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To achieve our aim that by 2050 everyone who develops breast cancer will live and be supported to live well, we need to speed up the translation of research in the lab into new and effective treatments for patients. We’re bringing together leading researchers and top pharmaceutical companies to pool ideas and resources and ultimately stop people dying from breast cancer.
As part of the Breast Cancer Now Catalyst Programme, we have collaborated with leading pharmaceutical company Pfizer to give researchers unprecedented access to a number of Pfizer’s licensed and investigative drugs as well as vital funding for researchers to test these drugs. This allows us to combine the expertise of our researchers with Pfizer’s compounds and deliver new treatments to patients more quickly.
Researcher: Dr Violeta Serra
Location: Vall d'Hebron Institute of Oncology
Up to 80% of breast cancers have high levels of the oestrogen receptor. Generally, this form of breast cancer, also called oestrogen receptor positive (ER+), can be treated successfully with hormone therapies which disrupt the action of the hormone oestrogen. However, some cancers can become resistant to hormone therapies, which may give the disease a chance to spread. When breast cancer spreads, although treatable, it can’t be cured. We need to develop treatments that keep the disease under control, giving people with secondary breast cancer the best possible quality of life.
The science behind the project
Many breast cancers with high levels of the oestrogen receptor also make a protein, called the androgen receptor. There is growing evidence that these two receptors can influence each other, although it’s not fully understood how. Dr Violeta Serra and her team want to investigate their relationship further. They are testing whether combining drugs to use this relationship, could provide a new treatment for secondary oestrogen positive breast cancer.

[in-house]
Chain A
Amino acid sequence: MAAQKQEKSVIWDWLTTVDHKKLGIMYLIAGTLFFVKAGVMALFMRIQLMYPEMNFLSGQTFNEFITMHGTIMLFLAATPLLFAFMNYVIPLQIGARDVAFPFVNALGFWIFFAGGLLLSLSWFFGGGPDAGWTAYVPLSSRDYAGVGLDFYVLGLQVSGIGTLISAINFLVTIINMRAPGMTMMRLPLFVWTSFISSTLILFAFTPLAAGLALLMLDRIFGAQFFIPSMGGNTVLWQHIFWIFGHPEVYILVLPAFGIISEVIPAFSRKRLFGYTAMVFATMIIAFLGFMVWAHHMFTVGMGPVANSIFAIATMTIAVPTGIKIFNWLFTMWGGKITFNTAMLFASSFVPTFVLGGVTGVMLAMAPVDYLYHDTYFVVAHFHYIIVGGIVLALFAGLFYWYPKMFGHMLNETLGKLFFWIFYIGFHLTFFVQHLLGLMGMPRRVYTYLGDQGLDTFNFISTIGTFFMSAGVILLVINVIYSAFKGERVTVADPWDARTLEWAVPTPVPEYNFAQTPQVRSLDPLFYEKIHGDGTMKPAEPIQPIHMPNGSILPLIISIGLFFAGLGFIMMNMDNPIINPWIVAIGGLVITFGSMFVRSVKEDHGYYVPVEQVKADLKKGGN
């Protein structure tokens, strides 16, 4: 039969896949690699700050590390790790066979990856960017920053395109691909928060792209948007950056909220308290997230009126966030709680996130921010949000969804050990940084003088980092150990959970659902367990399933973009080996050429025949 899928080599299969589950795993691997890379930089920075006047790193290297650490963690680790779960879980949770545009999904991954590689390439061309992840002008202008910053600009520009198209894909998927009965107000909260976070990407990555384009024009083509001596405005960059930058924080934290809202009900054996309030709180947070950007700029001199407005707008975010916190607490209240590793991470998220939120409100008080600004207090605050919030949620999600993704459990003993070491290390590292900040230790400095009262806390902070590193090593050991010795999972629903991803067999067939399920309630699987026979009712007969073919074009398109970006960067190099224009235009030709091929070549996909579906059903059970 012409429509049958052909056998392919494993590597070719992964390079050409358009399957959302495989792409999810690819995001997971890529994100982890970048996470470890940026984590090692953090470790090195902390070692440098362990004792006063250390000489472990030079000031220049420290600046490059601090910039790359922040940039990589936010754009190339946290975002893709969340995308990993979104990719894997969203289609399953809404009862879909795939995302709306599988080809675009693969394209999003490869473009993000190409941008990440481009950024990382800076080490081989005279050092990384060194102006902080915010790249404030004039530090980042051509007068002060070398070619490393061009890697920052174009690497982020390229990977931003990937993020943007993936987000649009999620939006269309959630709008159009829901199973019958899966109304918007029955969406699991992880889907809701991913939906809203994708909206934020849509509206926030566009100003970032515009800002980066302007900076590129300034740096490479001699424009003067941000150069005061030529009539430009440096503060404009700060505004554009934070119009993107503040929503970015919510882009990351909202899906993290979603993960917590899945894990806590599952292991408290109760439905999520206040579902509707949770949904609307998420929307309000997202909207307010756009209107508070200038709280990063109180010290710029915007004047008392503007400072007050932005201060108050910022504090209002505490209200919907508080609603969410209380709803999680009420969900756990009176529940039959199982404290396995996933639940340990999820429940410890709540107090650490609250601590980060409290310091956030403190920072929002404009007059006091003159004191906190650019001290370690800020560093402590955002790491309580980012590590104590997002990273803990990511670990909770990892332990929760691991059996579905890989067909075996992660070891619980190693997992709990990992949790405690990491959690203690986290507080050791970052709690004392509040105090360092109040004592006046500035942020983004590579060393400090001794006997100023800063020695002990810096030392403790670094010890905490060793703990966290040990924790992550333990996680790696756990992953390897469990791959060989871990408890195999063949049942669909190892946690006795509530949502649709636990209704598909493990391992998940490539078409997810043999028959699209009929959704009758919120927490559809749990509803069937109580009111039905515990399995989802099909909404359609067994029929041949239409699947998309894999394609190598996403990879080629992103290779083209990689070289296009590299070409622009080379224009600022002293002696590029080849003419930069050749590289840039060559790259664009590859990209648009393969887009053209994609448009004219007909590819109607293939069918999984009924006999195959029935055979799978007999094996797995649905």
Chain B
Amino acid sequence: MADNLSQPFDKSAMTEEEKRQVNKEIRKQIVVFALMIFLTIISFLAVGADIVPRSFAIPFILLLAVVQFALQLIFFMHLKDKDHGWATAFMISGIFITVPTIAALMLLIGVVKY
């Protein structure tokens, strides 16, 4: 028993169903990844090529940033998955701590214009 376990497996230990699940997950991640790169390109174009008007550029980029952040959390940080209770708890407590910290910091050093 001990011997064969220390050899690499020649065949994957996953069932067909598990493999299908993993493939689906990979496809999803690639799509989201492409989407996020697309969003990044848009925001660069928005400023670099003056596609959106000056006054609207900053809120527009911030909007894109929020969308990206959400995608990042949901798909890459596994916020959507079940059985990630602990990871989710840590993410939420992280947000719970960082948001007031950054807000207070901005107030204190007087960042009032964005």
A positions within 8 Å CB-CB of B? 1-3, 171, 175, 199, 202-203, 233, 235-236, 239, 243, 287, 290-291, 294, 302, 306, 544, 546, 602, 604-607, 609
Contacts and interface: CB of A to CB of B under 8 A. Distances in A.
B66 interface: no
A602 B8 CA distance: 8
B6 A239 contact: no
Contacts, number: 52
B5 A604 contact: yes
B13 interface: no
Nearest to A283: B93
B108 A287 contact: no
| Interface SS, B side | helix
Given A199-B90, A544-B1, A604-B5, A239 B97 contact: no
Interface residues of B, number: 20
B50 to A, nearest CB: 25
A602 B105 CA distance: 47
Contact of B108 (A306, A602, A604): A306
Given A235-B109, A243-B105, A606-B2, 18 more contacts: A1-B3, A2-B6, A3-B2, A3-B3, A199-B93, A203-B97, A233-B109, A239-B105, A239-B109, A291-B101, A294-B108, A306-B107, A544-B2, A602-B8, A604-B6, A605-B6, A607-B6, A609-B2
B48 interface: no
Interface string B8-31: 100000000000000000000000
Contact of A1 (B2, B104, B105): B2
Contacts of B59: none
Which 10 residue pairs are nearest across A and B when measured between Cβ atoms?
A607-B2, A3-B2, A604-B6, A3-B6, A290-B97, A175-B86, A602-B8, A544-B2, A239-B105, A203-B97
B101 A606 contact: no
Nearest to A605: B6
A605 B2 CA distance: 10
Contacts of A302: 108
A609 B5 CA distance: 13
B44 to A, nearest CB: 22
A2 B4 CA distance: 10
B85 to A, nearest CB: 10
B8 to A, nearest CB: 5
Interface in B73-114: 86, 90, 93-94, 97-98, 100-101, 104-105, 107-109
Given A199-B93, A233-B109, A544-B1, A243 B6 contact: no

RAD140 is a newly developed drug which turns on the androgen receptor. It can influence how the oestrogen receptor works and in previous studies, this has led to a decrease in cancer’s ability to grow. Violeta and her team also think that treating people with RAD140 could bring additional positive side-effects such as an increase in muscle mass.
Using cancer cells donated by people with secondary breast cancer, Violeta and her team are studying what happens inside these cells when the androgen receptor is turned on. She is testing whether RAD140 could be a potential new way to treat oestrogen receptor positive breast cancers. The researchers are studying whether RAD140 can be combined with drugs that target common mutations found in secondary oestrogen receptor positive breast cancer, such as palbociclib and gedatolisib. The team aims to uncover which tumours might respond to the combination of one of these drugs and RAD140. Violeta is testing this in mice with tumours that have been derived from samples donated by people with secondary breast cancer. Researchers will see whether this combination is successful in decreasing their growth.
This project will tell us more about the role of the androgen receptor in breast cancer cells. The results from this study could provide new treatment options for people with secondary oestrogen receptor positive breast cancer. Violeta also thinks that targeting the androgen receptor could be a successful way to treat early oestrogen receptor positive breast cancer.
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*Pfizer has provided funding and Pfizer compounds for this research study as an Independent Medical Research grant as part of the Breast Cancer Now Catalyst Programme. Pfizer has no other involvement in this research study.